Tomorrow of course starts the insanity that is NCAA College Football, and somehow, I will be there in Atlanta when Auburn kicks off against #14 ranked Clemson. It starts off my 41st season as an Auburn football fan (see my 40th and photo outtakes), and each one has been unique, and memorable to some extent. This year, my favorite off-season football day had to be the unveiling of Auburn’s Heisman Trophy Winner Statues for Pat Sullivan, Bo Jackson, and Cam Newton, or Chizik and Trooper talking to the players along with the other shots of the players coming out of the tunnel for Aday 2012. I didn’t take my camera into too many games last year so I wouldn’t be hassled by the camera mafia as I walked into Jordan-Hare, but I did still get some shots representative of each home game last year, and that’s probably going to be plan this year. As Auburn makes it harder and harder to bring in cameras I’m left with take iPhone cell phone camera shots, but that’s ok, I tend to enjoy the games better anyway, plus I’ve found the iPhone to be one of the best point-n-shoot cameras around.
War Eagle everyone. I’m looking forward to a fun and exciting football season as always, see you on Twitter tomorrow from Atlanta (@scottfillmer), I’ll be sure to send out a few Instagram shots from inside the Georgia Dome.
Any of you who know me well know I don’t post too often about kids stuff, but today was a banner day for the future of our kids at Cornerstone Church. I have been to a lot of churches over the last 40 years, and I have visited churches who have very little evidence of kids in the building. While I’m not a “kids person” per se, this is a sure sign of a church with a hard future ahead of it, and the Church body itself needs it’s kids.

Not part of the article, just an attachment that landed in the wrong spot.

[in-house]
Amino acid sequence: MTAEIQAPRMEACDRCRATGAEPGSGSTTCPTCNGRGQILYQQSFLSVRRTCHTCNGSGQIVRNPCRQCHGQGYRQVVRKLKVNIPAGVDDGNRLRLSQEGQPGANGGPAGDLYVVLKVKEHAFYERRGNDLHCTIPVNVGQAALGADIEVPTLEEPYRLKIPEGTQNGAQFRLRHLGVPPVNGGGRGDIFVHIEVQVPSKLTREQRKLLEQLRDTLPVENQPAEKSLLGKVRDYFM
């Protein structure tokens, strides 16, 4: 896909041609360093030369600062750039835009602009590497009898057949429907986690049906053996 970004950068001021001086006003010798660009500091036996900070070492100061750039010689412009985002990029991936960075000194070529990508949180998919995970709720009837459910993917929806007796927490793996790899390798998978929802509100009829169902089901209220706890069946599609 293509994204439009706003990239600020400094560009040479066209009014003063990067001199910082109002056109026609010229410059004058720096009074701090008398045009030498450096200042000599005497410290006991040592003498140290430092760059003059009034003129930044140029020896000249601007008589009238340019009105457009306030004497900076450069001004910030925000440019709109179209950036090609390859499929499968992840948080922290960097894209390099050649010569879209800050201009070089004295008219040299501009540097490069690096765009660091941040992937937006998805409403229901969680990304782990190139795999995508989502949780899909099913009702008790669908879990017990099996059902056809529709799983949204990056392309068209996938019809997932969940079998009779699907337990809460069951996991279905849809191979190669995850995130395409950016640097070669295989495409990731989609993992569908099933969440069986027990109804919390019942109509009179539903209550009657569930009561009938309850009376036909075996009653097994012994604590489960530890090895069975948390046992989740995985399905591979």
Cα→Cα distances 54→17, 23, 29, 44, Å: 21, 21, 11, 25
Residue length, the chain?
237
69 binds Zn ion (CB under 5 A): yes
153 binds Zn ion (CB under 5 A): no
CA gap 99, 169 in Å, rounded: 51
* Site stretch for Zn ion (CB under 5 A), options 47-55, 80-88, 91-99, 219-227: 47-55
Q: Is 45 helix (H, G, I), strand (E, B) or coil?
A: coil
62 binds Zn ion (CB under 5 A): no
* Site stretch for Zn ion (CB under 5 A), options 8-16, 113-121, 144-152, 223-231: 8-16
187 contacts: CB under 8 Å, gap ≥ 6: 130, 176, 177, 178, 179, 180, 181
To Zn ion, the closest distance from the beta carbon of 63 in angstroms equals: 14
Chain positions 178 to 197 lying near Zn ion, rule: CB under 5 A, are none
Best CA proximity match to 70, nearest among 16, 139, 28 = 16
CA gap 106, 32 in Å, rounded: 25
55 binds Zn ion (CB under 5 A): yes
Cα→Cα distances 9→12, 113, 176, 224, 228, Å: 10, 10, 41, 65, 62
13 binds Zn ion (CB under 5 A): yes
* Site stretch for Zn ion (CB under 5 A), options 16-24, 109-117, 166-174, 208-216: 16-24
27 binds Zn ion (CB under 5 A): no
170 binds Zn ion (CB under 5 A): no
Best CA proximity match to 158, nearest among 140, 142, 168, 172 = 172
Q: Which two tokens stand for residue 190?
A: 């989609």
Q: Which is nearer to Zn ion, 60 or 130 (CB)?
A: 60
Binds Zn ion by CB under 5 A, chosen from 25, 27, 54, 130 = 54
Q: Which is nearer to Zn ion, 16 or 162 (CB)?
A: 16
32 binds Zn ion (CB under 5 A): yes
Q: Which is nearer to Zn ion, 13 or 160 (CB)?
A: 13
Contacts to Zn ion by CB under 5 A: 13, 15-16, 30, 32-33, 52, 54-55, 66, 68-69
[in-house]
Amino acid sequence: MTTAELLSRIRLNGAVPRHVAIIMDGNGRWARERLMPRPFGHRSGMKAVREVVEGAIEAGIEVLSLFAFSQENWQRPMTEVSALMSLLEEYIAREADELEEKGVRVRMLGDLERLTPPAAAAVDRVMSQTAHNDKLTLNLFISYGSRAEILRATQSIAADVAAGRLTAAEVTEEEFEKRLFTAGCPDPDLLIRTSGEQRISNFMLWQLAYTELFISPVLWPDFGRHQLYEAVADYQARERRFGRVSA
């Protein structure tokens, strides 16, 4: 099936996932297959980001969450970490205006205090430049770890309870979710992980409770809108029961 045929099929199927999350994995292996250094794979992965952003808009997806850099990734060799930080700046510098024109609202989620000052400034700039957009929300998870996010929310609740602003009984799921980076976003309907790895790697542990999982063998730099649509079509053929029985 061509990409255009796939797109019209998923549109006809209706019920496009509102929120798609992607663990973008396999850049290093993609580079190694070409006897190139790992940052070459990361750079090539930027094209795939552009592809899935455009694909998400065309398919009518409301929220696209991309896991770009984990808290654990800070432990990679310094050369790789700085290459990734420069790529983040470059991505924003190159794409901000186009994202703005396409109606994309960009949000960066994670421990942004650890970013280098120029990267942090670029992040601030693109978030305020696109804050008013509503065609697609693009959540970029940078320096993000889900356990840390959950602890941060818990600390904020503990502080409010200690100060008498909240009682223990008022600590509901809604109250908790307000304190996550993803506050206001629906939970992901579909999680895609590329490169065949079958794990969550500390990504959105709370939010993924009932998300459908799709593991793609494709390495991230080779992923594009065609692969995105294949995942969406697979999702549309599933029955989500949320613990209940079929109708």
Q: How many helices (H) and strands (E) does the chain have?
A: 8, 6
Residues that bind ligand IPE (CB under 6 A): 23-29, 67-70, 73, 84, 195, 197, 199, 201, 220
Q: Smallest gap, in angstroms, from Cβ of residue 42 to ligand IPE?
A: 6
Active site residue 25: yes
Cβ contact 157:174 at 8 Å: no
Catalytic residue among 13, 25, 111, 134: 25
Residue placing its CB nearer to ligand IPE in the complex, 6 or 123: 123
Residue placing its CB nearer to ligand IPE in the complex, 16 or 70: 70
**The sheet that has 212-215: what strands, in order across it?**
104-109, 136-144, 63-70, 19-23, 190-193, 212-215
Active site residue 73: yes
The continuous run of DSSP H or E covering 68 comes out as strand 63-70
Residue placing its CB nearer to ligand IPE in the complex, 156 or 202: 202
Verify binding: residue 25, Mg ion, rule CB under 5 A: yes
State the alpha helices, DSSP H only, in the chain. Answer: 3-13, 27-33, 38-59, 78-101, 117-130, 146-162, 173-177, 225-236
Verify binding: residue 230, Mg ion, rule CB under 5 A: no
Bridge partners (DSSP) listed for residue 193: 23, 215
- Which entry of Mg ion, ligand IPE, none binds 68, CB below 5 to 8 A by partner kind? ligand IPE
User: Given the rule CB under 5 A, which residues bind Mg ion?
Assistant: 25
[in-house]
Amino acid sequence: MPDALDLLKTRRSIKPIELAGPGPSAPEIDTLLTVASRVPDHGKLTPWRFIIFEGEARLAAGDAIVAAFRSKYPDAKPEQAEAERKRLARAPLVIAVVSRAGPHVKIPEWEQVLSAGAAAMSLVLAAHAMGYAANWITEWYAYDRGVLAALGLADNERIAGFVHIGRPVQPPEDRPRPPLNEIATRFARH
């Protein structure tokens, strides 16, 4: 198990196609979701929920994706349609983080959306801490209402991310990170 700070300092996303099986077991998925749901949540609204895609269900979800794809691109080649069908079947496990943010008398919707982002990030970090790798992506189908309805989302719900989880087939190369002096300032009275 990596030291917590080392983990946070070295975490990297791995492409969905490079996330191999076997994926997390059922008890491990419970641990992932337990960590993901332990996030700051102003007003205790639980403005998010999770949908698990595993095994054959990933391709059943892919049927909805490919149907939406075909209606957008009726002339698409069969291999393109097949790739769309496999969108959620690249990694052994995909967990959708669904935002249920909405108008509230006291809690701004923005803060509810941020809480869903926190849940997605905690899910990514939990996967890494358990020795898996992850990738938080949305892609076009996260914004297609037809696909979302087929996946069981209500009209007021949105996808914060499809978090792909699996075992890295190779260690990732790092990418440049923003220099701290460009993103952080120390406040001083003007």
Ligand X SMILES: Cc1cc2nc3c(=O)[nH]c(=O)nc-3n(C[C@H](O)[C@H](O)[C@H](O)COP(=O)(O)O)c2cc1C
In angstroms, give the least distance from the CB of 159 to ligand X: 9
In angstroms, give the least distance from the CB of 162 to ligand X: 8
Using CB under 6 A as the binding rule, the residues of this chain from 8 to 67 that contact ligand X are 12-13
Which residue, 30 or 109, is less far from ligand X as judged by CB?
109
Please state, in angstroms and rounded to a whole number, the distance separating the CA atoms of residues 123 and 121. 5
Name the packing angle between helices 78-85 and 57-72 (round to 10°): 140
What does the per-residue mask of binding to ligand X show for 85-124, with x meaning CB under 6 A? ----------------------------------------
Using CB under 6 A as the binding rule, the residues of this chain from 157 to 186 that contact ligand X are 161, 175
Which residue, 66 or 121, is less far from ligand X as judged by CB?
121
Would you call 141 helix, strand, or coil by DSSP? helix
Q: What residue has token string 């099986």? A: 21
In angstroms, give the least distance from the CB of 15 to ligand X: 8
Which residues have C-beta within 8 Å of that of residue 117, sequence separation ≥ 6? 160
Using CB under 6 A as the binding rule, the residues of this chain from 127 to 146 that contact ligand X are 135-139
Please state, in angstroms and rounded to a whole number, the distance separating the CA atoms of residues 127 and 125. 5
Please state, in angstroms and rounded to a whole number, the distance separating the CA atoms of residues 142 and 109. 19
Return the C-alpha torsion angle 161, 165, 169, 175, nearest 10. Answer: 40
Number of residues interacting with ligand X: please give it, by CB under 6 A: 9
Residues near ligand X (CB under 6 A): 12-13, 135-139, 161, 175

Over the last 3-4 weeks our kids staff, shown above, along with a host of other people, implemented a plan they had worked on tirelessly over the summer months. Meeting after meeting to go over every painstaking detail transformed the hallways, classrooms, and worship space for every little soul from new borns to our youth, and for kids who haven’t even been born yet. Think about the transformation in terms of a franchise. We love franchises all over the country because they are consistent, stable, and we know what we are going to get when we go into the building. We want our kids at every site to have the same worship experience no matter where they are, to have a consistent, stable, feeding on the word of God, while being surrounded by a community of believers.
In a very fragile time in history for the Church in our culture, this makes me excited for the future of the Church body. Investing in our kids is investing in the future of God’s Church. I’m thankful for these five ladies, and all the other people who worked so hard to make today happen, especially for the kids who have never walked into one of our children’s areas at Cornerstone Church. The future of Cornerstone Church, and the Church body as a whole, is in the hands of these woman above, but it’s also in the hands of every single individual who follows the teachings of Jesus. When you give to a child, you have given it to Christ himself.